“When there is no body, no tactile object, or no body-consciousness, it is not possible for one to point out a manifestation of contact. When there is no manifestation of contact, it is not possible for one to point out a manifestation of feeling. When there is no manifestation of feeling, it is not possible for one to point out a manifestation of perception. When there is no manifestation of perception, it is not possible for one to point out a manifestation of thinking. When there is no manifestation of thinking, it is not possible for one to point out a manifestation of the activities of mentally proliferated perceptions and obsessive notions.

“When there is no mind, no mental phenomenon, or no mind-consciousness, it is not possible for one to point out a manifestation of contact. When there is no manifestation of contact, it is not possible for one to point out a manifestation of feeling. When there is no manifestation of feeling, it is not possible for one to point out a manifestation of perception. When there is no manifestation of perception, it is not possible for one to point out a manifestation of thinking. When there is no manifestation of thinking, it is not possible for one to point out a manifestation of the activities of mentally proliferated perceptions and obsessive notions.

19. Friends, when the Blessed One rose from his seat and went into his dwelling after giving a brief teaching without explaining its meaning in detail, that is: ‘Whatever is the cause, bhikkhu, by which mentally proliferated perceptions and obsessive notions assail a person, if there is nothing here to rejoice at, to welcome, to hold onto, then this is the end of the propensity to attachment, the end of the propensity to aversion, the end of the propensity to speculative views, the end of the propensity to uncertainty, the end of the propensity to conceit, the end of the propensity to passion for becoming, the end of the propensity to ignorance, the end of the propensity to taking up a stick, taking up a weapon, quarreling, disputing, contention, accusation, slander, and false speech. Here these unskillful and unwholesome states cease without remainder,’ I understand the meaning in full to be thus. Now, friends, if you wish, go to the Blessed One and ask him about the meaning of this. As the Blessed One explains it to you, so you should remember it.”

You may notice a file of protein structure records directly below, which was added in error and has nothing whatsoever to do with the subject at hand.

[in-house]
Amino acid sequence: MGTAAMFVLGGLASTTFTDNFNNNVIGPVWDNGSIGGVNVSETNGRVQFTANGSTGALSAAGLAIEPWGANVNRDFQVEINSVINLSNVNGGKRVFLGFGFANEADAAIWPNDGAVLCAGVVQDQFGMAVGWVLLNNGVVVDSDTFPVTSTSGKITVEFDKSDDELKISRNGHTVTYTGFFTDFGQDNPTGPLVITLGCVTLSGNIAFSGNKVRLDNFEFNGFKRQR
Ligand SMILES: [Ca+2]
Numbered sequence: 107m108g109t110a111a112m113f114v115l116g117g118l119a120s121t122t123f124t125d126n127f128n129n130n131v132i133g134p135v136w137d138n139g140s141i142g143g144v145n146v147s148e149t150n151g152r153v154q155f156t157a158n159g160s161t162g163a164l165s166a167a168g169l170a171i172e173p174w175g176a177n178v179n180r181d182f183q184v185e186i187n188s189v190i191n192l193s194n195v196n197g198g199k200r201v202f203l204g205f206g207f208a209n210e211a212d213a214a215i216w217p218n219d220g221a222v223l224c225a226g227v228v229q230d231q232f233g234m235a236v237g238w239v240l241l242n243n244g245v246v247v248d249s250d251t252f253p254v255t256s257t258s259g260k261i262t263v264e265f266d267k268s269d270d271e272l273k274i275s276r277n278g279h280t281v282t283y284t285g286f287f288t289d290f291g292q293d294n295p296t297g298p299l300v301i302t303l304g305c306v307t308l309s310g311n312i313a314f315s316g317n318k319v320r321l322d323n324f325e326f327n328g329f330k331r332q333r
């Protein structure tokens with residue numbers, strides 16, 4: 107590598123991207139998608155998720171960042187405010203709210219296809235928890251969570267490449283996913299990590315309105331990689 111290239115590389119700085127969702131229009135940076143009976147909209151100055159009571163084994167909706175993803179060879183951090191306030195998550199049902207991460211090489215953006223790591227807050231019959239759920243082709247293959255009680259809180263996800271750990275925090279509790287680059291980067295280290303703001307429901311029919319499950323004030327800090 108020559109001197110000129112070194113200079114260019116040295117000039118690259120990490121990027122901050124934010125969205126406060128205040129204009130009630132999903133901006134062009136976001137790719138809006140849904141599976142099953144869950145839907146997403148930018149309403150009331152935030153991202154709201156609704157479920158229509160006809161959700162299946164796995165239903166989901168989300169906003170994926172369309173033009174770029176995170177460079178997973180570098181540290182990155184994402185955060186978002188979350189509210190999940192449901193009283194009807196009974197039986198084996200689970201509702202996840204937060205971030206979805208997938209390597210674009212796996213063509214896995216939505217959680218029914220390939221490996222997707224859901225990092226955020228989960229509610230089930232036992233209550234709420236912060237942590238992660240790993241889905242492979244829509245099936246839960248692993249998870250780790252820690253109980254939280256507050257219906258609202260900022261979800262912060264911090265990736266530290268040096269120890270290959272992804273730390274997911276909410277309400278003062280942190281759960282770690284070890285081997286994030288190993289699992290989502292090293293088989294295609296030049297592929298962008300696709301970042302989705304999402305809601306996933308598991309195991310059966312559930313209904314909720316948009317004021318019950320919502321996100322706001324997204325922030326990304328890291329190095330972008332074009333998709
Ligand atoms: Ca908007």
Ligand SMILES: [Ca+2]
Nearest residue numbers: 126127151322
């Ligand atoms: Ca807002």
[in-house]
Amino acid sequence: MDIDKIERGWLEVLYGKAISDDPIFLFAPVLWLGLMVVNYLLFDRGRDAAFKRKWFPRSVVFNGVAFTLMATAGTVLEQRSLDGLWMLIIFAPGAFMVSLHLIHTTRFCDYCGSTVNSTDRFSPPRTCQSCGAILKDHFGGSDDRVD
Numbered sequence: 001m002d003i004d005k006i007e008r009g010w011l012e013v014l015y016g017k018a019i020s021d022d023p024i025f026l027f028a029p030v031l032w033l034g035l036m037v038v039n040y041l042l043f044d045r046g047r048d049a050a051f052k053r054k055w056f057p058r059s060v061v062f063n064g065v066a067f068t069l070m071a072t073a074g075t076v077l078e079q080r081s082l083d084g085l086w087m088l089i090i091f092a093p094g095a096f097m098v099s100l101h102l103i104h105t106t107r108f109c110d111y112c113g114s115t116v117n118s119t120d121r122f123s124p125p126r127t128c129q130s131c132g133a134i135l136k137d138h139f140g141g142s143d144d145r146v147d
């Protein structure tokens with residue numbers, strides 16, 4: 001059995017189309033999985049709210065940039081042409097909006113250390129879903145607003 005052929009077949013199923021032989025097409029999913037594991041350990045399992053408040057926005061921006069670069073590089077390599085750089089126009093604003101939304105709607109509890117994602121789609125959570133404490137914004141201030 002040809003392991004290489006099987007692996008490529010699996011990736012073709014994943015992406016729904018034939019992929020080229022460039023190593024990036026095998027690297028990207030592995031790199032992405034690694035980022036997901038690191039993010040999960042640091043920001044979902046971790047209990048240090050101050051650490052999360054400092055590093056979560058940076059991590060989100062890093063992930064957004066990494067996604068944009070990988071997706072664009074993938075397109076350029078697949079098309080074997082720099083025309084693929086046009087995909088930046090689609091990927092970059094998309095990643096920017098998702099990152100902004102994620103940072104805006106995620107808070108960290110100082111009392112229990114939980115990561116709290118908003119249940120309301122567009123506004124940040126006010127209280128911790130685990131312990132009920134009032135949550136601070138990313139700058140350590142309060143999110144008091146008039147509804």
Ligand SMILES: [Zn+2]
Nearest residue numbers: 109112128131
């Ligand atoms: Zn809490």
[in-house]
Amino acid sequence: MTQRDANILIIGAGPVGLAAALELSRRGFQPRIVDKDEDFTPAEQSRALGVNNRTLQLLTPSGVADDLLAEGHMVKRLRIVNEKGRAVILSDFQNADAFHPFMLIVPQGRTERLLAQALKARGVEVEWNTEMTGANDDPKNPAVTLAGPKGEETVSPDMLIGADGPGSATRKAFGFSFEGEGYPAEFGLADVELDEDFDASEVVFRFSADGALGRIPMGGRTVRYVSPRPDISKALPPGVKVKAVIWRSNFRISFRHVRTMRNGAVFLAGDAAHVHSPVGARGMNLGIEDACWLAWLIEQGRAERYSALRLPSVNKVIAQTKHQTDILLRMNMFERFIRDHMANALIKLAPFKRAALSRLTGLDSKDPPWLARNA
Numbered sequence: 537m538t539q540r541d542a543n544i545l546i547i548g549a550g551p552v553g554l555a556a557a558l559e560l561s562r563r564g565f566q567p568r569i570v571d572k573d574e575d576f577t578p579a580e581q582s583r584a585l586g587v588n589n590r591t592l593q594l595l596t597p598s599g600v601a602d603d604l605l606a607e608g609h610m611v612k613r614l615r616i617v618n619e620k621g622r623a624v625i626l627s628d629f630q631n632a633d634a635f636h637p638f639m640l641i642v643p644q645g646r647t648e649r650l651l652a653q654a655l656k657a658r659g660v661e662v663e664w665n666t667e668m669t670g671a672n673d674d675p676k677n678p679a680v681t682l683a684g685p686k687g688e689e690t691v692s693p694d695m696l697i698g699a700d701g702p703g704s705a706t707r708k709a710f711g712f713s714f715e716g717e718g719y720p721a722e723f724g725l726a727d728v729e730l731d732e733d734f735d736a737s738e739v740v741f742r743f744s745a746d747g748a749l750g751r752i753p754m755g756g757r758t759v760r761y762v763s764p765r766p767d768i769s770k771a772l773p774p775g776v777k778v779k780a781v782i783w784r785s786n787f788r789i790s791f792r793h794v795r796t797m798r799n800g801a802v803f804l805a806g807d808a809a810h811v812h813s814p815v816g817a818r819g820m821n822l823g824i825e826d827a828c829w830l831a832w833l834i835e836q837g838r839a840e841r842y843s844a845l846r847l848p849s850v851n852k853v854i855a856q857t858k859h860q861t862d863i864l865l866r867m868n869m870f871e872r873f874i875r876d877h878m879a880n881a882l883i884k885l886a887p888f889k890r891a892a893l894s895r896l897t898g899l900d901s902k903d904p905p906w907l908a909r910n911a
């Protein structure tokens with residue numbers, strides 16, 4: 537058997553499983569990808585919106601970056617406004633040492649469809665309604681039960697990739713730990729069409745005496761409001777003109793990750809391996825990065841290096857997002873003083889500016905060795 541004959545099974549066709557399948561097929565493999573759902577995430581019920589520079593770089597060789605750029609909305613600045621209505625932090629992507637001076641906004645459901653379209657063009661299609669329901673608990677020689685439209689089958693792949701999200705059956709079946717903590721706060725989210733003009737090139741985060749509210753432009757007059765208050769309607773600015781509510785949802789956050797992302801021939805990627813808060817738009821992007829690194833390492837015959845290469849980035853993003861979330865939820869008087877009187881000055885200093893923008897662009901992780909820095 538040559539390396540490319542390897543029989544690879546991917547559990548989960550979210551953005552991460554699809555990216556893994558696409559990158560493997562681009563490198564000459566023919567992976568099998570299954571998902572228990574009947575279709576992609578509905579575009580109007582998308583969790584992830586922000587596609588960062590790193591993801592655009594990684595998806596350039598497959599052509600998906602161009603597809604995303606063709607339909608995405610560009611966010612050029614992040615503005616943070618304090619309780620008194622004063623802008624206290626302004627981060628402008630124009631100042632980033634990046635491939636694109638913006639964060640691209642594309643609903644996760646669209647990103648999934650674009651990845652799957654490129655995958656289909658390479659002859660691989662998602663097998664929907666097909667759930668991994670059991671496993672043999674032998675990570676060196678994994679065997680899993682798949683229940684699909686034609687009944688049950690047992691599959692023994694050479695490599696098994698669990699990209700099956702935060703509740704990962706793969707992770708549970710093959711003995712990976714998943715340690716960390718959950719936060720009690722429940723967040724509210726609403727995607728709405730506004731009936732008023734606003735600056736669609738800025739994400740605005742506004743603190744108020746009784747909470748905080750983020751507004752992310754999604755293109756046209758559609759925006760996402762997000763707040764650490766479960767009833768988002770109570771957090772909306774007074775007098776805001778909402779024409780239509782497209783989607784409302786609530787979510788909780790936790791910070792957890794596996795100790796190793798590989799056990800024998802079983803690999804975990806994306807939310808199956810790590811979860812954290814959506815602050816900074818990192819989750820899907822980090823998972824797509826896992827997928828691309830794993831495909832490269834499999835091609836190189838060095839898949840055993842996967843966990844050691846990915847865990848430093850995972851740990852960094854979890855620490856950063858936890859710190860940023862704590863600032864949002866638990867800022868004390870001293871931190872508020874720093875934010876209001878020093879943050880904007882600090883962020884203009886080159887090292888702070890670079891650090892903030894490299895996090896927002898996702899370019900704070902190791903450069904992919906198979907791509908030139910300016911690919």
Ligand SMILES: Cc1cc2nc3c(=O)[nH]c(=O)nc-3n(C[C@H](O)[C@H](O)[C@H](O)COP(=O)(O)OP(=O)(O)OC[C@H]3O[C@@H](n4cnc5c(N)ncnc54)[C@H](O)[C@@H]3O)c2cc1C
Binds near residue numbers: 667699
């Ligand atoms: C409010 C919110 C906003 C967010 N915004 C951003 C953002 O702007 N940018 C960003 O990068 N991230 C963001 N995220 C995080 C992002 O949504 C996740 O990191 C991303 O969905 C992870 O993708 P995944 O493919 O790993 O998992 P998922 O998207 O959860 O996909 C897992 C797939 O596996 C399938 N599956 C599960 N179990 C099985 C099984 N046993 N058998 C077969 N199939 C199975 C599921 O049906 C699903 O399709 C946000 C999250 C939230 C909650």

20. Then the bhikkhus, having delighted and rejoiced in what the venerable Mahākaccāna had said, rose from their seats and approached the Blessed One. When they had approached the Blessed One, they greeted him and sat down to one side. When they were seated to one side, they addressed the Blessed One, recounted their actions and the encounter with the venerable Mahākaccāna, and added: “Lord, the venerable Mahākaccāna explained the meaning to us by these methods, by these words, and in these terms.”

21. “Bhikkhus, venerable Mahākaccāna is learned and wise. If you had asked me the meaning of this, I would have explained it exactly as Mahākaccāna explained it. Such is its meaning, and so you should remember it.”

22. When this had been said, the venerable Ānanda said this to the Blessed One: “Lord, just as person who is overcome by hunger and tiredness might come across a honeyball and experience a sweet and delectable flavor from each bite, so too would a bhikkhu whose mind has an intelligent nature, by investigating the meaning of this discourse on Dhamma with his wisdom, experience delight and satisfaction from each bite. By what name, Lord, should one call this discourse on Dhamma?”

“Ānanda, you can remember this discourse on the Dhamma as ‘The Honeyball Sutta.’”

That is what the Blessed One said. The venerable Ānanda delighted and rejoiced in the Blessed One’s words.